“Oh, nothing much,” answered Dundas, fibbing carefully. “Now and again I thought I noticed traces of foundations about the place near the house.”

And so the talk drifted lazily off into other channels until they were rejoined by Doris and Marian.

It was the strange behaviour of his wife that occupied Bryce’s attention for the rest of the day, to the exclusion of all else. As an onlooker he thought he should have seen most of the game, and knowing the rules, or thinking he did, it was, he found, a game that he did not understand. When Marian came on the scene he prepared cheerfully to give Dundas a clear field, but to his surprise he found that every attempt was neatly foiled by his erratic spouse.

Thereafter he watched her manoeuvres with amused astonishment. It was apparent to the densest understanding that both Alan and Marian would have welcomed each other’s society undiluted, and Bryce enjoyed to the utmost Alan’s diplomatic but persistent efforts to “shoo” off his too attentive hostess, and her apparently unconscious disregard for his efforts.

In the end it came as a relief to be able to announce a wholly fictitious trouble with the engine of his car that threw on Alan the responsibility of delivering Marian safely at her home. It was nearly ten o’clock when Dundas brought the snorting Billy B.B. to the door of Bryce’s quarters at the bank, and Marian made her hasty farewells, for Billy was never in a mood on a homeward journey to stand on four legs for two consecutive seconds.

The two watched the receding lights of the dogcart for a few minutes, and then returned to the house. Doris began to straighten some music that was lying about, while Bryce, leaning back in an easy chair, watched her thoughtfully. Presently she appeared to be aware of his scrutiny. “What’s on your mind, Hec?” she asked.

“It’s not what’s on my mind, best beloved; it’s what’s in yours that is making me thoughtful,” answered her husband.

Doris returned the music to its place, and sank into a chair, while Bryce, after placing a cushion for her head, took his stand in front of her, feet apart, hands in pockets. “Now, my lady, I want explanations; lots of ’em.”

Doris looked up at him with a slow reminiscent smile that ended in a little gurgle. “Aren’t they lovely, Hec? The dears! I’m sure Alan would have liked to shake me. Don’t you think so?”

“By jove, Doris, I wonder at his self-control! Now, listen.” Here he shook an admonitory finger. “If you don’t immediately explain your scandalous conduct, I’ll act as Alan’s deputy, and shake you till you do.”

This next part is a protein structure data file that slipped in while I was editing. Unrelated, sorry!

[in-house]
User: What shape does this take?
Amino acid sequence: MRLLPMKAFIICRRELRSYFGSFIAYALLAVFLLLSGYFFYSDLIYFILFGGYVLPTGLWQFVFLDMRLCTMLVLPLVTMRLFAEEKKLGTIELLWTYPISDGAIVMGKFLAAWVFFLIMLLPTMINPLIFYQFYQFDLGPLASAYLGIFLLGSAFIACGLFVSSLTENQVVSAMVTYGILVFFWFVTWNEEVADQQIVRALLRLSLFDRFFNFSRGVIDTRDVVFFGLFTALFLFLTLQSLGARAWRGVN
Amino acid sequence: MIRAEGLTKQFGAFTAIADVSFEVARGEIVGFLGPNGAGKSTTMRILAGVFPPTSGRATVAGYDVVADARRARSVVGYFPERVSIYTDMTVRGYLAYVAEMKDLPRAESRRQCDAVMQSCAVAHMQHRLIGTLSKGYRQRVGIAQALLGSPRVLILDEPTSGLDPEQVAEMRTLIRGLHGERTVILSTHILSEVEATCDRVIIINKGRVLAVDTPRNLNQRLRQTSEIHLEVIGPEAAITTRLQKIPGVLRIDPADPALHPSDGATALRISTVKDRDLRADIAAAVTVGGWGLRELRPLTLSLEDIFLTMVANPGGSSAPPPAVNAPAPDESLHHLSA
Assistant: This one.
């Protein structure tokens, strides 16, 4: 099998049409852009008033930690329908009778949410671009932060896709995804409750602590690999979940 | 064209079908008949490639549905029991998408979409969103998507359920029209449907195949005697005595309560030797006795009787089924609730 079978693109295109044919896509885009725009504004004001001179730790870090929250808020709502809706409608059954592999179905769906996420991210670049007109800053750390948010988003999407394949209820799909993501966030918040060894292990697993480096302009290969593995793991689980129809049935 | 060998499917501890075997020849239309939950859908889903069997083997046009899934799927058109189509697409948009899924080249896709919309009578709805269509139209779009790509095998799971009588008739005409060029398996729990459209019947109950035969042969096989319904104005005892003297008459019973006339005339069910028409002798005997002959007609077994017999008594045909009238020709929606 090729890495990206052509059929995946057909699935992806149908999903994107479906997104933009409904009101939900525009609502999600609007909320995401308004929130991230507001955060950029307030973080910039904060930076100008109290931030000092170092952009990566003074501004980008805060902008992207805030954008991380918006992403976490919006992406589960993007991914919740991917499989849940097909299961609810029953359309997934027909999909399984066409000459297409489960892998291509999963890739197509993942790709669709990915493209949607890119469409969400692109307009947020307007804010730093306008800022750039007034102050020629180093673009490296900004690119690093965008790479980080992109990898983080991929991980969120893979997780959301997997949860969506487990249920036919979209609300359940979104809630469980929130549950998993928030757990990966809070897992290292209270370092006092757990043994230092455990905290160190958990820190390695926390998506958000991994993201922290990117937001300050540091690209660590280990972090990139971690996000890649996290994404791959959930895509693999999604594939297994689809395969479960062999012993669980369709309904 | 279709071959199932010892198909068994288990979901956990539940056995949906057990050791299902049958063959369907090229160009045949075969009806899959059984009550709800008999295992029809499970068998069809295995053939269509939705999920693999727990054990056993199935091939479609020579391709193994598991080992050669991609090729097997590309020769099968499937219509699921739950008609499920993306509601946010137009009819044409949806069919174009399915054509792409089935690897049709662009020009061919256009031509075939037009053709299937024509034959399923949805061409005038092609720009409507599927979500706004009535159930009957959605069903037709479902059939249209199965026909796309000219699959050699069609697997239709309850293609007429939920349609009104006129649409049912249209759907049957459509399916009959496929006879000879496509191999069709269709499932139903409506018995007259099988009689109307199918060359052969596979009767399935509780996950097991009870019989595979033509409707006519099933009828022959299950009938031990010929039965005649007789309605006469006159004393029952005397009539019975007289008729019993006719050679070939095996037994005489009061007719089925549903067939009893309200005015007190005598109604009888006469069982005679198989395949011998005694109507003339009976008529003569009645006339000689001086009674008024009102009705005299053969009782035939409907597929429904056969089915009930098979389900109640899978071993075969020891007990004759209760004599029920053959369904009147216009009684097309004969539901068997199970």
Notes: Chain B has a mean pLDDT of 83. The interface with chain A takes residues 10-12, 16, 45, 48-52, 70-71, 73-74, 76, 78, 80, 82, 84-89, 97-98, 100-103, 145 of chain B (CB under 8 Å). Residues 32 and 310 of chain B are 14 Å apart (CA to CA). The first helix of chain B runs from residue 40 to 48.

“Violence is quite unnecessary, Hec,” she laughed softly. “You know it struck me this morning, that if I left them together Alan would just take things easily, and let them drift. You know I’m not altogether sure of Alan.” Here she paused thoughtfully.

“And so?” persisted Bryce.

“And so,” she went on, “I just teased them by not giving them a chance, because, well, suppose you dangle something a child wants just out of its reach, and then suddenly rest for a moment, the probabilities are that the child will grab when it gets the chance.” Another pause.

“And you mean?” asked Hector with dawning comprehension.

“Well, there is a tantalised nice man, and a specially nice girl, and a narrow-seated dogcart, and a wonderful moon, and if the man doesn’t grab — well, I don’t know anything. Oh, you monster!”

Bryce’s arms had swept outwards and gathered her in with one heave of his shoulders. “Oh, Hec, do let me down.” He backed to his armchair, still holding her firmly until her struggles ceased. “Will you be good?” he asked. “Good as gold,” she answered, with her head on his shoulder.

“It’s my opinion, Doris, that you are a scandalous little schemer. Great Scott! What chance has a man against that sort of thing?”

“Do you think it will work, Hec?” passing her hand round his neck.

“Maybe — it won’t be your fault if it doesn’t, you imp! The only thing against it is that you forgot Billy. He is a straight-forward little animal, whatever may be said against him, and I doubt if he will permit his owner to become a victim of your conspiracy.”

“Hum — dear boy — it would take wilder horses than Billy to stop a man if he really meant business.”

“Look here, Doris, I want to know, are we all treated like this? Are you and your kind really the destiny that shapes our matrimonial ends? You know it makes one nervous. I never dreamed of such depths of duplicity. What about me, for instance?”

She looked at him with shining eyes, and smiled softly. “Oh — you — well, Hec, special cases require special treatment. I’ve read somewhere that natives when they want to get certain very shy birds, just do something that will attract their attention and their curiosity. Then, when the bird comes to see what it is, they just put out their hands and take it. That is, if the bird is worth taking.”

“So — I see — I see — I don’t seem to recollect any tactics of that kind in our case, Doris, and I’m sure I would have remembered, because I have read somewhere, too, that the method adopted by the natives is to lie on their backs and twiddle their toes in the air. Now, if you had done that —” There was a brief struggle and a soft hand closed over his mouth, and the rest is of no interest to outsiders.

Erle Cox, Out of the Silence, Melbourne: Robertson and Mullens, 1947 (first published 1925), pages 45-52

[Editor: Added a closing quotation mark after “it will work, Hec?”.]